Why Did Ethiopia’s Prime Minister Rebuff Samantha Power?

Ethiopian Prime Minister Abiy Ahmed last week rebuffed a request to meet face to face with a top Biden administration official to address the country’s civil war and worsening humanitarian crisis in the Tigray region, dealing a blow to U.S. efforts to tamp down a conflict that threatens to fuel famine and destabilize the wider Horn of Africa.

When Samantha Power, head of the U.S. Agency for International Development (USAID), visited Ethiopia last week to seek greater access for humanitarian aid workers in Tigray, she was asked in a press conference why she hadn’t met with the Ethiopian prime minister.

“He was not in the capital today on my day here,” she said.

Hunger Stalks Millions as Abiy Asks Ethiopians to Join Army

Fighting in northern Ethiopia may intensify further after the nation’s Nobel-laureate leader urged citizens to join the army and militias, which may add to the misery caused by nine months of civil war between the federal government and dissidents in the Tigray region.

About 300,000 people are facing “emergency levels of hunger” in Ethiopia’s Amhara and Afar states, where Tigrayan forces began an offensive after regaining most of their territory from government troops in June, the World Food Programme said on Monday. That’s in addition to about 5.2 million people in Tigray who’ve been impacted by the conflict and desperately need food aid.

At river where Tigrayan bodies floated, fears of ‘many more’

From time to time, a body floating down the river separating Ethiopia’s troubled Tigray region from Sudan was a silent reminder of a war conducted in the shadows. But recently, the corpses became a flow.

Bloated, drained of color from their journey, the bodies were often mutilated: genitals severed, eyes gouged, a missing limb. The Sudanese fishermen who spotted them, and the refugees from Tigray who helped pull them to shore, found many corpses’ hands bound. Some of them had been shot.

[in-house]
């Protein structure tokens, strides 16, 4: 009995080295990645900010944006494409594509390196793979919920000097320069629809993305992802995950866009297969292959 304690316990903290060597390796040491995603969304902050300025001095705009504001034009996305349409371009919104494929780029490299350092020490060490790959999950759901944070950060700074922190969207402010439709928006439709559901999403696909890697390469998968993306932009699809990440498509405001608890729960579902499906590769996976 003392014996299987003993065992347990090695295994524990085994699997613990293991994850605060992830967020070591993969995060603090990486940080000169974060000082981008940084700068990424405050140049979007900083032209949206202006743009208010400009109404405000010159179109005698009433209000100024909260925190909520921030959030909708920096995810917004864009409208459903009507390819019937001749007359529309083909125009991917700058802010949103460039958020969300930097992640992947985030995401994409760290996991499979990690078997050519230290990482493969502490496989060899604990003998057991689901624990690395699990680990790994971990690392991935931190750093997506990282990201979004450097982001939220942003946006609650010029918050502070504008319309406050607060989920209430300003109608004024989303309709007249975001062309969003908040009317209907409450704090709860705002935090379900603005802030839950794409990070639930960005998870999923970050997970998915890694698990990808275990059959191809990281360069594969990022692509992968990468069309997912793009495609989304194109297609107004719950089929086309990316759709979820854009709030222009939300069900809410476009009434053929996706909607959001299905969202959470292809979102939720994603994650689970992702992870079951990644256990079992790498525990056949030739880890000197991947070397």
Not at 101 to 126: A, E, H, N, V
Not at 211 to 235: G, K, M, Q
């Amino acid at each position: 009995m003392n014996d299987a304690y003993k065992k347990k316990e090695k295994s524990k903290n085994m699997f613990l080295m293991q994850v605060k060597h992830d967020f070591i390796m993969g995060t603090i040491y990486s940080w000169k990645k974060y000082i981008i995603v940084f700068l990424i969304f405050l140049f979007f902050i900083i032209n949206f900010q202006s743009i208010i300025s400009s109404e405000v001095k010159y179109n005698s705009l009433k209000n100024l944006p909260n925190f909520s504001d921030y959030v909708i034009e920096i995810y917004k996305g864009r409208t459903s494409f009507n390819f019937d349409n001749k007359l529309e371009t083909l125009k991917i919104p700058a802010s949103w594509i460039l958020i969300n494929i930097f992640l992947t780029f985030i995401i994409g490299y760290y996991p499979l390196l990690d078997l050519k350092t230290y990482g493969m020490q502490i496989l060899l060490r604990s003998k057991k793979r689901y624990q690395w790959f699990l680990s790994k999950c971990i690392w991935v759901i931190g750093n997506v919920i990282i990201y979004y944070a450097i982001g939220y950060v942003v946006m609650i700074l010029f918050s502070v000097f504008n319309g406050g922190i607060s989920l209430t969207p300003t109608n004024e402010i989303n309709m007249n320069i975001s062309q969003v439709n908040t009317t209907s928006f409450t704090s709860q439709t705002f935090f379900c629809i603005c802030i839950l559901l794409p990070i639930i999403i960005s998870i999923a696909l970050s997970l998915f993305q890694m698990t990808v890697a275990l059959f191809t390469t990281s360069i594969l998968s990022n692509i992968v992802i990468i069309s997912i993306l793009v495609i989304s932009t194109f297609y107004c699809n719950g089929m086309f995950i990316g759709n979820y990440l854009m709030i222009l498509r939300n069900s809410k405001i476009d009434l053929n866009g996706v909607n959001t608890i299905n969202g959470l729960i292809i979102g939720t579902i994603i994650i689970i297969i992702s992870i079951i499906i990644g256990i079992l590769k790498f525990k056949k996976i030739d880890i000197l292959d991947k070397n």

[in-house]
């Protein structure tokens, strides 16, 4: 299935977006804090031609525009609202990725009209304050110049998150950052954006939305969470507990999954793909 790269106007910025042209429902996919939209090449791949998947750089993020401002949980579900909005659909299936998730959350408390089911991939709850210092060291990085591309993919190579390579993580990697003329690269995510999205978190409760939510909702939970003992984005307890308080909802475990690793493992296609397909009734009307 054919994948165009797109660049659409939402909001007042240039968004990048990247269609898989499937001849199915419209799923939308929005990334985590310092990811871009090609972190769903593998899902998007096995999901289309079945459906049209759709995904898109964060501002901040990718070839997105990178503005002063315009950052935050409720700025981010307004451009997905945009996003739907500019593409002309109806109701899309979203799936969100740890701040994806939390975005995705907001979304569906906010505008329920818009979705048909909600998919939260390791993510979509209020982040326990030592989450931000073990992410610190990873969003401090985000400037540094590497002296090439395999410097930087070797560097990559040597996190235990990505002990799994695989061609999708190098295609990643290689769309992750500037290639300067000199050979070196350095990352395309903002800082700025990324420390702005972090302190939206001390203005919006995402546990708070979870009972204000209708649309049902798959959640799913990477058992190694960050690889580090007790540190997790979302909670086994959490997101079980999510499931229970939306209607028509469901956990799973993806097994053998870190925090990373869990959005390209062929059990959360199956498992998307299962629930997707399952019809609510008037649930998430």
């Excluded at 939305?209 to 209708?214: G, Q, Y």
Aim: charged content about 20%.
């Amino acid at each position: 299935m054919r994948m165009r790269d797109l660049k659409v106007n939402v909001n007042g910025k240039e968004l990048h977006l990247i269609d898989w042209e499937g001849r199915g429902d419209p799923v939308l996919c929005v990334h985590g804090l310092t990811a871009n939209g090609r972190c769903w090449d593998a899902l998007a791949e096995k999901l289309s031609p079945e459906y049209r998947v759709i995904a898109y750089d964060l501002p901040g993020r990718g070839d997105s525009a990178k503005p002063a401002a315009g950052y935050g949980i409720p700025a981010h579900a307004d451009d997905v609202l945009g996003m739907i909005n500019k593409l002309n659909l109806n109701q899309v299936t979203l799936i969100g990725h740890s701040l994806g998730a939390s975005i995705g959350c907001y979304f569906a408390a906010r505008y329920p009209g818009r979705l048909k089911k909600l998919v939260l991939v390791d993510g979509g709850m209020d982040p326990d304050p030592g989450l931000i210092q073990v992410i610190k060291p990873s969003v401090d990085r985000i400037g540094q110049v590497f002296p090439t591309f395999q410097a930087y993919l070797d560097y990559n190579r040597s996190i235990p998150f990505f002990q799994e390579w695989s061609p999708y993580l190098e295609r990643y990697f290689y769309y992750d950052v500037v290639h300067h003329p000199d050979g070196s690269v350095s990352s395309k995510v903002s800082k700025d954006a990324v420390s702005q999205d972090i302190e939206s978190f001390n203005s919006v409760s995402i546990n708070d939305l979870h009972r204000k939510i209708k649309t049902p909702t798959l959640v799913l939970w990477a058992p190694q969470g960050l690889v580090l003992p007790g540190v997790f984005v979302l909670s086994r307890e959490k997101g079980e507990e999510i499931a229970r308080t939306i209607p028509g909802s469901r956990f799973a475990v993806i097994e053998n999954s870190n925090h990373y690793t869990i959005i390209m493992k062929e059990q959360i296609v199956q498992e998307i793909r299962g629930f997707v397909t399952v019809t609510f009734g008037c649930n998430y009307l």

The Associated Press reported dozens of bodies floating down the Tekeze River last week and saw six of the graves on Wednesday, marking the first time any reporters could reach the scene. Doctors who saw the bodies said one was tattooed with a common name in the Tigrinya language and others had the facial markings common among Tigrayans, raising fresh alarm about atrocities in the least-known area of the Tigray war.

Main road for aid to embattled Ethiopian region ‘impassible’

During a visit this week to Ethiopia, the Administrator of United States Agency for International Development (USAID) visited food warehouses outside the capital Addis Ababa run by the Catholic Relief Services, with the help of USAID.

Samantha Power, the former U.S. ambassador to the United Nations, denounced the “dehumanizing rhetoric” surrounding Ethiopia’s Tigray conflict, which has devastated the area.

Wednesday’s visit to Ethiopia has been welcomed by CRS’s Ethiopia country representative, Lane Bunkers.

“The compound in Adama [about 60 miles southeast of the capital] has a long history and has been in use for four decades for the purpose of storing and staging food aid, including humanitarian distributions,” he told Crux.

WFP delivers food to another 1 million people in Tigray during June and July but is only reaching half of those it should be

WFP aims to reach 2.1 million people with emergency food assistance from August onwards and needs at least 6,000 metric tons of food each week to do so. Due to insecurity and operational constraints, it has been unable to bring these quantities into Tigray in recent weeks.

More than 175 trucks arrived in the Tigray region, via the Abala corridor, during the first week of August. This included 90 trucks loaded with over 5,000 metric tons of life-saving food. An additional 90 trucks are expected to arrive in the coming days to further replenish stocks of food, fuel, nutrition, health, WASH and shelter items in the region.

But with 5.2 million people in the region (90% of the Tigray population) in need of humanitarian food assistance – WFP and partners require at least 100 trucks to be arriving daily to meet the vast needs.